USDA Bans Imports Of Young, Sick Puppies

These puppies are neither sick nor underage to my knowledge. Just cute and puppies from The Shining. (ChrisGoldNY)

These puppies are neither sick nor underage to my knowledge. Just cute and puppies from The Shining. (ChrisGoldNY)

First of all, let’s all look at those puppies there on the left. Don’t they look like they’re from a really adorable puppy version of The Shining? Maybe The Barking? Anyway, those puppies* are unrelated to this story: The United States Department of Agriculture has a new rule banning the importation of puppies that are too young or sickly to be coming into the country.

According to a press release from the American Society for the Prevention of Cruelty to Animals, the prohibition on importing underage, sick dogs was included in the 2008 amendment to the Animal Welfare Act, but it hasn’t been enforced until now.

The rule says that all foreign breeders have to prove that each dog is in good health — though it’s unclear what body would oversee a certification, perhaps the USDA itself, or the Centers for Disease Control and Prevention? — and has had all the right shots and vaccinations. It also has to be at least six months old.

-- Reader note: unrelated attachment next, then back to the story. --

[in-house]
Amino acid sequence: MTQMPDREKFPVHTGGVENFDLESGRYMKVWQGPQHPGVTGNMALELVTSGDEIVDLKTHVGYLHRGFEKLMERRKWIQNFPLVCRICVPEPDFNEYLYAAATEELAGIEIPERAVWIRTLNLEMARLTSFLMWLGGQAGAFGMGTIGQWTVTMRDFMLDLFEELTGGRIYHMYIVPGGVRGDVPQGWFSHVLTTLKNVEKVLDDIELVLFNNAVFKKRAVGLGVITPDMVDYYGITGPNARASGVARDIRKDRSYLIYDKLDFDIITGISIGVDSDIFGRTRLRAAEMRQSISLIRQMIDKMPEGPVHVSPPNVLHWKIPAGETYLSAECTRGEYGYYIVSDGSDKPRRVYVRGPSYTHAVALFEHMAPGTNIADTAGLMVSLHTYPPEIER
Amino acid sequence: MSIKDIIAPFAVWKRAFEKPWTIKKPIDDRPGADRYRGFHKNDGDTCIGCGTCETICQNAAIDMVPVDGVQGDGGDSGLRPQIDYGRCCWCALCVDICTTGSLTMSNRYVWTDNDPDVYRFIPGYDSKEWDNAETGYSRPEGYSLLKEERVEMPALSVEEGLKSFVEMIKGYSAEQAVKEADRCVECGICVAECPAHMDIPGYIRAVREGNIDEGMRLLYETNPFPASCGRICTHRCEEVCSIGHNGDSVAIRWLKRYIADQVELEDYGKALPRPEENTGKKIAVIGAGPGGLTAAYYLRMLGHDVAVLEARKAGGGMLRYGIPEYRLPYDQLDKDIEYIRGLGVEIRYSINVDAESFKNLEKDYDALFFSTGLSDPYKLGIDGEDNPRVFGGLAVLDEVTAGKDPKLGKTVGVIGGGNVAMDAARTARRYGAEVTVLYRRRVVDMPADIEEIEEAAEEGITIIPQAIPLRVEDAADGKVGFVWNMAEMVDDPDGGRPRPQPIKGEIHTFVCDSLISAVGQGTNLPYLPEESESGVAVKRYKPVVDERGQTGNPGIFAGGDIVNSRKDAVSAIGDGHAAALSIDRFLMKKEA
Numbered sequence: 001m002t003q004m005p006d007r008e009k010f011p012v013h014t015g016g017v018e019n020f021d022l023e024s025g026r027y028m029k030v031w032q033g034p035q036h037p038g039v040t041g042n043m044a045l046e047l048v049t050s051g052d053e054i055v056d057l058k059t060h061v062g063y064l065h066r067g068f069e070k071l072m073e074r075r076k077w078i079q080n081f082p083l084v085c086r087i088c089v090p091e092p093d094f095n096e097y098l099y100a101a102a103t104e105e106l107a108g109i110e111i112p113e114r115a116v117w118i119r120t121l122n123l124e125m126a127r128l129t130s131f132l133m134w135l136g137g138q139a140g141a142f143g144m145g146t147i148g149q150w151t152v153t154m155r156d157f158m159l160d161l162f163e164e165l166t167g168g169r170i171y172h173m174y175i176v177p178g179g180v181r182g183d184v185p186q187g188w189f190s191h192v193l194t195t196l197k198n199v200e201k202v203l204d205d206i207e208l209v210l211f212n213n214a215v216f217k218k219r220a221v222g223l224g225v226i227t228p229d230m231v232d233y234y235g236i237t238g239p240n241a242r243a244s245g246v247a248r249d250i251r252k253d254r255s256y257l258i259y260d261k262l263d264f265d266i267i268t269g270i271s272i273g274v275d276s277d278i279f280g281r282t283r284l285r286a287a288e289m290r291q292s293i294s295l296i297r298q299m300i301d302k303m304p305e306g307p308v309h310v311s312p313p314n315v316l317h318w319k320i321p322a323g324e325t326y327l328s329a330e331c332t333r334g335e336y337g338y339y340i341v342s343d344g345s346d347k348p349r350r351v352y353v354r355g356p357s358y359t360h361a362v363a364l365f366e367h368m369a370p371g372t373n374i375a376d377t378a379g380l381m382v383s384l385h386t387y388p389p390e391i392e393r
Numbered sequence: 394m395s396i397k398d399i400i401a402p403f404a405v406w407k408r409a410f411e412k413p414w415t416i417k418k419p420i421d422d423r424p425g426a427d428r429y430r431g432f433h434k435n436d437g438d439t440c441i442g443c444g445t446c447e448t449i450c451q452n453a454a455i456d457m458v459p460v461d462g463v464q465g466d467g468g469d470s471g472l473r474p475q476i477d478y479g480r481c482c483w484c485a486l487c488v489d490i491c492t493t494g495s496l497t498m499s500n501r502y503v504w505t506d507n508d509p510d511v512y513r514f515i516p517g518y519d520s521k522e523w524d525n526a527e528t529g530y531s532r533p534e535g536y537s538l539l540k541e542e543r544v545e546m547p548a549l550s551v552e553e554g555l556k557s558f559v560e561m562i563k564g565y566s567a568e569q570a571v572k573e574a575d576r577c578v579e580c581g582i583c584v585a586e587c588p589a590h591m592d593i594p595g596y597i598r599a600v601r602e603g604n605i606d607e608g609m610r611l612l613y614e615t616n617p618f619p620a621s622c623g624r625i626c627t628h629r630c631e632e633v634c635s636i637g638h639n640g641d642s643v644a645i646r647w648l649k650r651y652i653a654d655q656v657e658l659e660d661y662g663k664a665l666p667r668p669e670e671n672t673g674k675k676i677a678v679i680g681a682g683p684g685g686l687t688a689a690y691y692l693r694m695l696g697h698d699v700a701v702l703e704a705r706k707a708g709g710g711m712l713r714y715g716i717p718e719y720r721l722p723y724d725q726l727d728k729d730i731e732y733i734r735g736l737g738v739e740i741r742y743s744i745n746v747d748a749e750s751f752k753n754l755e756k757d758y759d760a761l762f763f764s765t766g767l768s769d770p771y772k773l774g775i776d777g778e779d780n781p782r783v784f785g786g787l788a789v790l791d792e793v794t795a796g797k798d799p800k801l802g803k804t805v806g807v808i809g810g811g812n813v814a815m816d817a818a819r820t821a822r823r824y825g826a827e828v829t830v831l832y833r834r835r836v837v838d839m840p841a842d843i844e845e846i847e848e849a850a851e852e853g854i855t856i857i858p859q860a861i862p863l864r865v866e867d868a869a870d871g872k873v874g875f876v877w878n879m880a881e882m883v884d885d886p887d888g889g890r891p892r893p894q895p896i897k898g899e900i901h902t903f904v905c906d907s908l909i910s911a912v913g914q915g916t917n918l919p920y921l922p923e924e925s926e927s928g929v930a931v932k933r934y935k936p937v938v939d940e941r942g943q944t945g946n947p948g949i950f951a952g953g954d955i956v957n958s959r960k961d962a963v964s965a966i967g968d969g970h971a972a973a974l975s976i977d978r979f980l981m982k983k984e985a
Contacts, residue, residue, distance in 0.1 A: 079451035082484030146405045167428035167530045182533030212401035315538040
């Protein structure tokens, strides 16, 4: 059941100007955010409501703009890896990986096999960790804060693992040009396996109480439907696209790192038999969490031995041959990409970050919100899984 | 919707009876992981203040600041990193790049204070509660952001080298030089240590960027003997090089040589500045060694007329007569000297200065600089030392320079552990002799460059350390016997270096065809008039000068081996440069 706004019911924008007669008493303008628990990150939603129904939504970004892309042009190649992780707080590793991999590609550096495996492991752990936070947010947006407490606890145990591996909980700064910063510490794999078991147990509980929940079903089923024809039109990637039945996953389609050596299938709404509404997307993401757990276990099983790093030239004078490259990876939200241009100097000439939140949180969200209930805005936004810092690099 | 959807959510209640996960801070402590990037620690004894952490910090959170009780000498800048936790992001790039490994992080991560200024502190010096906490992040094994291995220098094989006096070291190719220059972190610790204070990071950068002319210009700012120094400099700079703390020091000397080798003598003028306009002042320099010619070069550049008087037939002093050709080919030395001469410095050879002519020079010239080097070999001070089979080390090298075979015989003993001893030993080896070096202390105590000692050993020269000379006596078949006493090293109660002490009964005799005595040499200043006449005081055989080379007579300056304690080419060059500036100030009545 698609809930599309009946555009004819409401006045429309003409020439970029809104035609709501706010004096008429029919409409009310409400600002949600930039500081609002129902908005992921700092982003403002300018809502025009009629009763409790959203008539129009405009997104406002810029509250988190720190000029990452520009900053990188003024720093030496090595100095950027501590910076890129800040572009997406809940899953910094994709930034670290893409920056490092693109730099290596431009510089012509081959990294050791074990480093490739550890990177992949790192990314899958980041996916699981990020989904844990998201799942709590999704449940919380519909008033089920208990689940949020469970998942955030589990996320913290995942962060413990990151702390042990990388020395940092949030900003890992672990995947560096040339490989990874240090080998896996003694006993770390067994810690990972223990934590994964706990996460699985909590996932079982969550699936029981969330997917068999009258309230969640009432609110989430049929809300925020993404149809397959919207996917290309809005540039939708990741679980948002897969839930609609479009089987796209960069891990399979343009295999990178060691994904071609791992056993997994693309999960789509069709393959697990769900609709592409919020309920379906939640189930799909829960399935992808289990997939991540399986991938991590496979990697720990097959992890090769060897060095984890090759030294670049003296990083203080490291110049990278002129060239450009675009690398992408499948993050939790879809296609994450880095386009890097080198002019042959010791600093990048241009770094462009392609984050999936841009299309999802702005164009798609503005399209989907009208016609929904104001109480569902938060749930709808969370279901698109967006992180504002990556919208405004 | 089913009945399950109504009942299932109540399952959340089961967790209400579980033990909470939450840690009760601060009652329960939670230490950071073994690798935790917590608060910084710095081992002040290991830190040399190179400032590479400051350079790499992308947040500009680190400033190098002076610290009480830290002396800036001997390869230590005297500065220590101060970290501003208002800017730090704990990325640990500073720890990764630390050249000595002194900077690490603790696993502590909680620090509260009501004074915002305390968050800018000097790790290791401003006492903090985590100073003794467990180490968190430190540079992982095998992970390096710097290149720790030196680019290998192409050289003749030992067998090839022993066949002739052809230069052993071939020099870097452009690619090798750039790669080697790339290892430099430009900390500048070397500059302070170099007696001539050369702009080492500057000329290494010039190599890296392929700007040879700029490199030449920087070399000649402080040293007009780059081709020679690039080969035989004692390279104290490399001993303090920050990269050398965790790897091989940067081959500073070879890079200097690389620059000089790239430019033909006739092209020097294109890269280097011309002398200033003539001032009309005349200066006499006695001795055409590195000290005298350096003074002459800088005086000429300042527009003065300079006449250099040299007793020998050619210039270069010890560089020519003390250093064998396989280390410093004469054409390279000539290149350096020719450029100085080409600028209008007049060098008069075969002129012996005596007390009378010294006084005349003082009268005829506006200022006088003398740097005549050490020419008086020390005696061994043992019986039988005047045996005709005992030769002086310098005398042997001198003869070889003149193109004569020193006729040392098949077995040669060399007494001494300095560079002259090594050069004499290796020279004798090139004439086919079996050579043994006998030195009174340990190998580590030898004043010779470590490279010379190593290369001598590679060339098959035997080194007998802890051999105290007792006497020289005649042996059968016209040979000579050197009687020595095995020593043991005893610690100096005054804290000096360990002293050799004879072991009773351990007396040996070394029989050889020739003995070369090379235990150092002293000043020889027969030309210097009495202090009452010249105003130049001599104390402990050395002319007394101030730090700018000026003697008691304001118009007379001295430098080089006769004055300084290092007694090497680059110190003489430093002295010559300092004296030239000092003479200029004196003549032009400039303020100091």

It’s important to note that this is meant for businesses or people that sell dogs in the commercial pet trade, and won’t keep individuals from transporting their own pets. So apparently if you go to another country and buy a pet, you’d only be subject to the CDC’s current rules regarding importation of dogs:

“CDC does not require a health certificate for dogs to be imported into the United States, although some airlines or states may require them. However, dogs must be healthy upon arrival and be vaccinated against rabies. Dogs may be denied entry if they look like they are sick with a communicable disease or if proof of a valid rabies vaccination is not provided. If a dog appears to be sick at the port of entry, further examination by a licensed veterinarian at the dog owner’s expense might be required.”

The ASPCA says it sees this all as a good thing that strikes a blow at the global puppy mill industry.

“Every year, thousands of puppies are brought into the United States from foreign countries, even though they may be too sick or young to endure the transport,” said Deborah Press, senior regulatory affairs manager for the ASPCA in the press release. “With this new rule, the USDA has taken significant steps towards ensuring that the United States is not importing sick puppies and supporting animal cruelty in puppy mills overseas.”


*I want to be clear: I would dearly love to snorgle those puppies and I don’t care how that sounds. It is a fact.

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